conditions for the model were also verified. An example is shown below to display the trained

model for shop id 5 and item id 1830.


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There were few shops and items ids which were present in testing data but not in training

data for which our model predicted NA. Below is an example of our prediction where the model

5_1830 predicted sales for the next month, i.e. date block number 34. It has predicted 0 sales

looking at the past trends of the sales. Blue dots are the actual sales and red line is the predicted

values from our model.


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Inserted below is the file exported containing the predicted records from linear regression

model.

SalesTest_LinearReg
ression.csv

Conclusion

With this project, we have designed three approaches to predict future sales, first two

with decision tree classification and decision tree regression showing an example of supervised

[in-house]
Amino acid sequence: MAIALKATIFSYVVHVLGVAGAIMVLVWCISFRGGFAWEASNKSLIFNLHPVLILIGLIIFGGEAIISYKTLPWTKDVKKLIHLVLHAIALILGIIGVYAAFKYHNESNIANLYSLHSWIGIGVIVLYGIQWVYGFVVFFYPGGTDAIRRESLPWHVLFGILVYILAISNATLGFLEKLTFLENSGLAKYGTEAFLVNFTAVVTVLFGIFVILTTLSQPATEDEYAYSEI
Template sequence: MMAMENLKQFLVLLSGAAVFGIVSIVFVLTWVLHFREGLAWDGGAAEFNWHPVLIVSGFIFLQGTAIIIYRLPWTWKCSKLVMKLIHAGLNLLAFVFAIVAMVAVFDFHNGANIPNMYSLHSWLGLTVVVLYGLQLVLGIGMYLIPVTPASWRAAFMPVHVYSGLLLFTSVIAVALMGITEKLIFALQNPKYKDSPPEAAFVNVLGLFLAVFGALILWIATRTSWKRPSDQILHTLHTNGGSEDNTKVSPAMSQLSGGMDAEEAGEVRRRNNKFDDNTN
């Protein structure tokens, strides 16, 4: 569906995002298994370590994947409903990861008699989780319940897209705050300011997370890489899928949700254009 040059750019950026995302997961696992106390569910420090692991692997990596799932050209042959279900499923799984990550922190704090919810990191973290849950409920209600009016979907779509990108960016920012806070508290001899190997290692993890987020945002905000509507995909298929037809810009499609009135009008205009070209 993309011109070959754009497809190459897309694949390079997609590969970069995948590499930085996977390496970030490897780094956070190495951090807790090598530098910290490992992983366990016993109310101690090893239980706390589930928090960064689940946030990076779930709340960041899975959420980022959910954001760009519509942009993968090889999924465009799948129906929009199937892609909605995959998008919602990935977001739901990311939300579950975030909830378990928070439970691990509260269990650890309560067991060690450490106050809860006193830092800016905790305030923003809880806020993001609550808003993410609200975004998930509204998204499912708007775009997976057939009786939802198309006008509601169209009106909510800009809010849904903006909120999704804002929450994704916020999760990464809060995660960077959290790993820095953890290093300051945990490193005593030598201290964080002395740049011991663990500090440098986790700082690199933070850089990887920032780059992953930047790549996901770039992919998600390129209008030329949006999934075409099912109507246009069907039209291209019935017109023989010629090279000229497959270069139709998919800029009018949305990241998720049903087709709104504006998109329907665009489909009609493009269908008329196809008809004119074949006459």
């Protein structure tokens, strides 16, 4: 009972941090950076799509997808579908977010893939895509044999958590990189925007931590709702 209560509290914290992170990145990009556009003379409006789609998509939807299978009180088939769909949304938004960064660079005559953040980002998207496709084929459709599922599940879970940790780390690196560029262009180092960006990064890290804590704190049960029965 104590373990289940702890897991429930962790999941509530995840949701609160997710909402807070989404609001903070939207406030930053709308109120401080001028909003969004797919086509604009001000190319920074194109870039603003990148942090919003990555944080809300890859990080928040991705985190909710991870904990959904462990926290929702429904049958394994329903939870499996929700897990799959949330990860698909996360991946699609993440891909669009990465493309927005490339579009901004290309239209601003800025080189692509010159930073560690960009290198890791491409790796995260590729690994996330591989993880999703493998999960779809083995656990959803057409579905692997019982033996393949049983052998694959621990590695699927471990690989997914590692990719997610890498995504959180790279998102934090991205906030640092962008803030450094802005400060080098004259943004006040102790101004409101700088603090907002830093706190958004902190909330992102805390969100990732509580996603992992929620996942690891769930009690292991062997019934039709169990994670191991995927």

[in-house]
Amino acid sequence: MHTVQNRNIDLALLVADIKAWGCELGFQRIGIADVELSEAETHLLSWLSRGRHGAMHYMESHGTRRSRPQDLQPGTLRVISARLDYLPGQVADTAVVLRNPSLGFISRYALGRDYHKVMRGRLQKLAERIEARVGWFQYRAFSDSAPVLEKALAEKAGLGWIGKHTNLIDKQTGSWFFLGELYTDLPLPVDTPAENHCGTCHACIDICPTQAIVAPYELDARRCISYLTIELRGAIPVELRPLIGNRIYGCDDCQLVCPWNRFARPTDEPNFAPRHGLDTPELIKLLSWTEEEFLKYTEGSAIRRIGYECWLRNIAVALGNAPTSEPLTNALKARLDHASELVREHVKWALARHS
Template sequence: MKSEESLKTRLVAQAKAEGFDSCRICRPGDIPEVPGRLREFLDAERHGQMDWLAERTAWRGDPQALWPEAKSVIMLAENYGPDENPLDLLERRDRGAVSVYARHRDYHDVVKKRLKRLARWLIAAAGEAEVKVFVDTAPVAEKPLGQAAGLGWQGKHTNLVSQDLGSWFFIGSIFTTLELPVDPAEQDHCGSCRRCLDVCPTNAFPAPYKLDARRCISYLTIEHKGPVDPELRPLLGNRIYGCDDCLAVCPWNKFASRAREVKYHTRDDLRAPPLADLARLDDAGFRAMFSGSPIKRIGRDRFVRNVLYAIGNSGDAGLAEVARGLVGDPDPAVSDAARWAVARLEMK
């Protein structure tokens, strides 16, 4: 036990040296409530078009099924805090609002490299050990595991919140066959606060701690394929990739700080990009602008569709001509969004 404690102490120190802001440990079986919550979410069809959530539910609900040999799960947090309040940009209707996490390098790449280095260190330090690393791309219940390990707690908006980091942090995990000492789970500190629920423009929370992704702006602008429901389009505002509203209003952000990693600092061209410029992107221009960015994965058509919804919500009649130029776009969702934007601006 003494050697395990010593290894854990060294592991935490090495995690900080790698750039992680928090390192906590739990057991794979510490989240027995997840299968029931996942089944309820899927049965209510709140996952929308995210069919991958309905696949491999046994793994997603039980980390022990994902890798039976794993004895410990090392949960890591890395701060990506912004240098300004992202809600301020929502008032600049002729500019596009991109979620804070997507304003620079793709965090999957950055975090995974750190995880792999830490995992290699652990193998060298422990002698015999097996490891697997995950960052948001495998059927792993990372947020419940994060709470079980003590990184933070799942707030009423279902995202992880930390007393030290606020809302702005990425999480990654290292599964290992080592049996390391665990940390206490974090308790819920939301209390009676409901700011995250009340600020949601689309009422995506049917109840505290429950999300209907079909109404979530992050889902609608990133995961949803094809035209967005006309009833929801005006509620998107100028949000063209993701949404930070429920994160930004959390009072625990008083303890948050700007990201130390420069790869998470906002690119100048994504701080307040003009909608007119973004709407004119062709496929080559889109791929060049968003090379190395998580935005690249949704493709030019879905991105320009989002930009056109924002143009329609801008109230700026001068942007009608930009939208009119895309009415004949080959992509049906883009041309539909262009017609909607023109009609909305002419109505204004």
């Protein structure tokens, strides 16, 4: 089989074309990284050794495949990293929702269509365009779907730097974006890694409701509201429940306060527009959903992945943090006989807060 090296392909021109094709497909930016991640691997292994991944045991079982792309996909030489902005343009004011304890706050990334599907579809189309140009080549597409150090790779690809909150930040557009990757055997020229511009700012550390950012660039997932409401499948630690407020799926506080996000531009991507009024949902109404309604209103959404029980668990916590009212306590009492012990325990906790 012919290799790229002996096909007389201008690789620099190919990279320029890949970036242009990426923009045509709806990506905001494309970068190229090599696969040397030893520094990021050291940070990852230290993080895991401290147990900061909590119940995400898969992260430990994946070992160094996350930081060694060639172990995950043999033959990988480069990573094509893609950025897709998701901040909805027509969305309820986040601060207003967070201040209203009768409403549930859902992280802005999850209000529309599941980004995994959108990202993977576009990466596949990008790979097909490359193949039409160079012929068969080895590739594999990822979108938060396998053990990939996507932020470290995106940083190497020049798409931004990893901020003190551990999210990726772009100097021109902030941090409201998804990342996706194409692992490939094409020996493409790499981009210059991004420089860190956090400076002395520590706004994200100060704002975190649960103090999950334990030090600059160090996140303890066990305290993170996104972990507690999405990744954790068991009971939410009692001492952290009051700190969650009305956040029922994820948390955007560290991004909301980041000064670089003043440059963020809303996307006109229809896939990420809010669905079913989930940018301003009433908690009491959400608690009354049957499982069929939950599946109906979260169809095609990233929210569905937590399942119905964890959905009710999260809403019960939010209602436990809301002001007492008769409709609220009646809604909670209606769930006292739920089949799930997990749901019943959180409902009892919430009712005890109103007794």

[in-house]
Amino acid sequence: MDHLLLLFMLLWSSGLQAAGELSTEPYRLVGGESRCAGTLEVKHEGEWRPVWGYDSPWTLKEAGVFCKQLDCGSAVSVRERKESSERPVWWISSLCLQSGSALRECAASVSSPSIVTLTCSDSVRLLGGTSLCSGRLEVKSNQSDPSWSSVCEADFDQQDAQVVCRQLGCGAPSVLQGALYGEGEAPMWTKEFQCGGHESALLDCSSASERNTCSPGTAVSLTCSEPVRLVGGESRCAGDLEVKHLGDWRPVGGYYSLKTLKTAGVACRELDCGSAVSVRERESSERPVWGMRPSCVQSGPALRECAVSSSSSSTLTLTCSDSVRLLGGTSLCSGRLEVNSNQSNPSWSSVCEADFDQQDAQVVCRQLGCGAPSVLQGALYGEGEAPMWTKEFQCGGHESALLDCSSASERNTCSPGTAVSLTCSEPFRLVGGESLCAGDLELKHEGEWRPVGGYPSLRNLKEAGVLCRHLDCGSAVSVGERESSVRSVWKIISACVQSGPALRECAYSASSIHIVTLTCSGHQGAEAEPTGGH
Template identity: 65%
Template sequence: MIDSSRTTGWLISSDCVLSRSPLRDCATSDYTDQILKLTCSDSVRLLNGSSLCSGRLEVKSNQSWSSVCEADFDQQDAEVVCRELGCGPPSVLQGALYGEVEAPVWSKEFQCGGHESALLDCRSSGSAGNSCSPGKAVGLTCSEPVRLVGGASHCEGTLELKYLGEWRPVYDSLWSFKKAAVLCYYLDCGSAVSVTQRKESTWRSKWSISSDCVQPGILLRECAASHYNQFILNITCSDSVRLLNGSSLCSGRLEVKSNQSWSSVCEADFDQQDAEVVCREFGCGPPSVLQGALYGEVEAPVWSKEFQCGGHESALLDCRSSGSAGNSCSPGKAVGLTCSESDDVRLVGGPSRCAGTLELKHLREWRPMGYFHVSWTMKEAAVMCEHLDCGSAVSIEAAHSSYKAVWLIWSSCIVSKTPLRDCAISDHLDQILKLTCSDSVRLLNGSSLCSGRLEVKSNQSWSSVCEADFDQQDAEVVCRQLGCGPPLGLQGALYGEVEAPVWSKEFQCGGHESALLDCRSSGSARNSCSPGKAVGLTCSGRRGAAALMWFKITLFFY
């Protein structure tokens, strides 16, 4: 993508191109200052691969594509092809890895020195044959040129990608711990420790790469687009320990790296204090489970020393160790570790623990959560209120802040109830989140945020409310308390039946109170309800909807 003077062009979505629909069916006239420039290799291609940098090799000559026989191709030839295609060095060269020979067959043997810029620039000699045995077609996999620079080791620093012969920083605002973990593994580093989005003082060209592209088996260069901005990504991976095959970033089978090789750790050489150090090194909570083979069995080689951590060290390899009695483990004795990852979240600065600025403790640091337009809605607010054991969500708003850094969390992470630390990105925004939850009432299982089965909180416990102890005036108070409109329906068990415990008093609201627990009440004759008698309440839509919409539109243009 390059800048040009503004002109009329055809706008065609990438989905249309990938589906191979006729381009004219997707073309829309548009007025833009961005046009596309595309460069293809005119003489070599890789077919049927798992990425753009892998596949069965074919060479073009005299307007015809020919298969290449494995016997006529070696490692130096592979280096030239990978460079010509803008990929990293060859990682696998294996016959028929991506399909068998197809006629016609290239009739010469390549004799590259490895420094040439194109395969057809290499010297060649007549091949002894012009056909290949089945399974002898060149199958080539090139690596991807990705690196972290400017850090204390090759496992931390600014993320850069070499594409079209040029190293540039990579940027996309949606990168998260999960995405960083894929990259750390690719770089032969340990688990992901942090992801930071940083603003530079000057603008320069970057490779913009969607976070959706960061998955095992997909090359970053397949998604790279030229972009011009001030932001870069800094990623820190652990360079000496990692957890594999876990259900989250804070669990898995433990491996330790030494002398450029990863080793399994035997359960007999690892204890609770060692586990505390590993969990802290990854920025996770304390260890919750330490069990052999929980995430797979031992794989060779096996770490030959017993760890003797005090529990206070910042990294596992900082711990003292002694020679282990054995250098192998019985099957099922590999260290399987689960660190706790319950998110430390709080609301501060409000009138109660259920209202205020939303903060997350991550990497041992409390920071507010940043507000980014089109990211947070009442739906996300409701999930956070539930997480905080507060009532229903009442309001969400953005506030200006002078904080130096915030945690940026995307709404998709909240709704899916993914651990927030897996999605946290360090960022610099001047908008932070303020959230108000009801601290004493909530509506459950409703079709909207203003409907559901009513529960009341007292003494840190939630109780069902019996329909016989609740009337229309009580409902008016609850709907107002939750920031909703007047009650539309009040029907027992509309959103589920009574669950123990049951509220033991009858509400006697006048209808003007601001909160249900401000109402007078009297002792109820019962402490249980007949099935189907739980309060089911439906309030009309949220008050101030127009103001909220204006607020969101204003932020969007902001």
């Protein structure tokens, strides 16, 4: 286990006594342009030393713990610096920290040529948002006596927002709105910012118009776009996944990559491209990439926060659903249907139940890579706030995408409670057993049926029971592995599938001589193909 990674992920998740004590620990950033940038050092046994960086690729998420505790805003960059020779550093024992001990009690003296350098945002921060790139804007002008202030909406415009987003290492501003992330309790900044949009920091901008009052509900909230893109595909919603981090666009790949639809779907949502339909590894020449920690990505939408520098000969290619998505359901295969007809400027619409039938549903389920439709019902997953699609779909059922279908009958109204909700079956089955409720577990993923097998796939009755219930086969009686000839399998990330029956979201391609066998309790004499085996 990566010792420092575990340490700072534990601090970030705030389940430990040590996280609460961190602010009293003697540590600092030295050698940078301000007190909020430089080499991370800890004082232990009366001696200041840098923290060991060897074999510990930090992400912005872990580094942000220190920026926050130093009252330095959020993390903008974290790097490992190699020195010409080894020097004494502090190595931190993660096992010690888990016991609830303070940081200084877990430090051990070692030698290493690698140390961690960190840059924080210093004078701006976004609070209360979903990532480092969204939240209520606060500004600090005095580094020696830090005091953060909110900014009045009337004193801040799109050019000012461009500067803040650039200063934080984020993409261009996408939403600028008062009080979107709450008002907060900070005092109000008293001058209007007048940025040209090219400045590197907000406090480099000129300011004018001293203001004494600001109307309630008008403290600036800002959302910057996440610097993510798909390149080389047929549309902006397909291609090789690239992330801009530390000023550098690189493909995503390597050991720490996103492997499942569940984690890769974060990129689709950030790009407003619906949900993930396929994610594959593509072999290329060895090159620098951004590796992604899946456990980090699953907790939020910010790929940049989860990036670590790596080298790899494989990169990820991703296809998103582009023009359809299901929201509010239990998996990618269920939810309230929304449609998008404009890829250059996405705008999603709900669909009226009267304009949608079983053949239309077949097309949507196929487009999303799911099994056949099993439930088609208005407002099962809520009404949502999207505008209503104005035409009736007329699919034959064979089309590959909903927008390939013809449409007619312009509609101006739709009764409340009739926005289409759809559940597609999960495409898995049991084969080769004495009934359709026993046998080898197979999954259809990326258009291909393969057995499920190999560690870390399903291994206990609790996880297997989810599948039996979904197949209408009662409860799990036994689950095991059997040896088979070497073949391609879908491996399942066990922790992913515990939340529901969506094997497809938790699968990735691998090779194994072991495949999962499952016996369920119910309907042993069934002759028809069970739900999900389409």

learning method. To devise a better approach for a strong model training mechanism, we moved

to the third and final approach of implementing “linear regression” by creating a regression

model for every shop_item combination.

This approach is better than others because it formulates a strong relation between item

and consecutive months numbers for a given shop. As a part of deliverables, we also generated a

csv file with the predicted data for the given shop and items in the test dataset.
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References

Ayodele Ariyo Adebiyi, Aderemi Oluyinka Adewumi, and Charles Korede Ayo,

“Comparison of ARIMA and Artificial Neural Networks Models for Stock Price Prediction,”

Journal of Applied Mathematics, vol. 2014, Article ID 614342, 7 pages, 2014.

doi:10.1155/2014/614342

Mashael A. Al-Barrak and Muna Al-Razgan (2016, July), “Predicting Students Final

GPA Using Decision Trees: A Case Study” Vol 6. General Format Retrieved from

http://www.ijiet.org/vol6/745-IT205.pdf

Asher B. Curtis, Russell J. Lundholm and Sarah E. Mcvay (Summer 2014), “Forecasting

Sales: A Model and Some Evidence from the Retail Industry” CAR Vol 31. General format

retrieved from http://faculty.washington.edu/smcvay/CLM_Final.pdf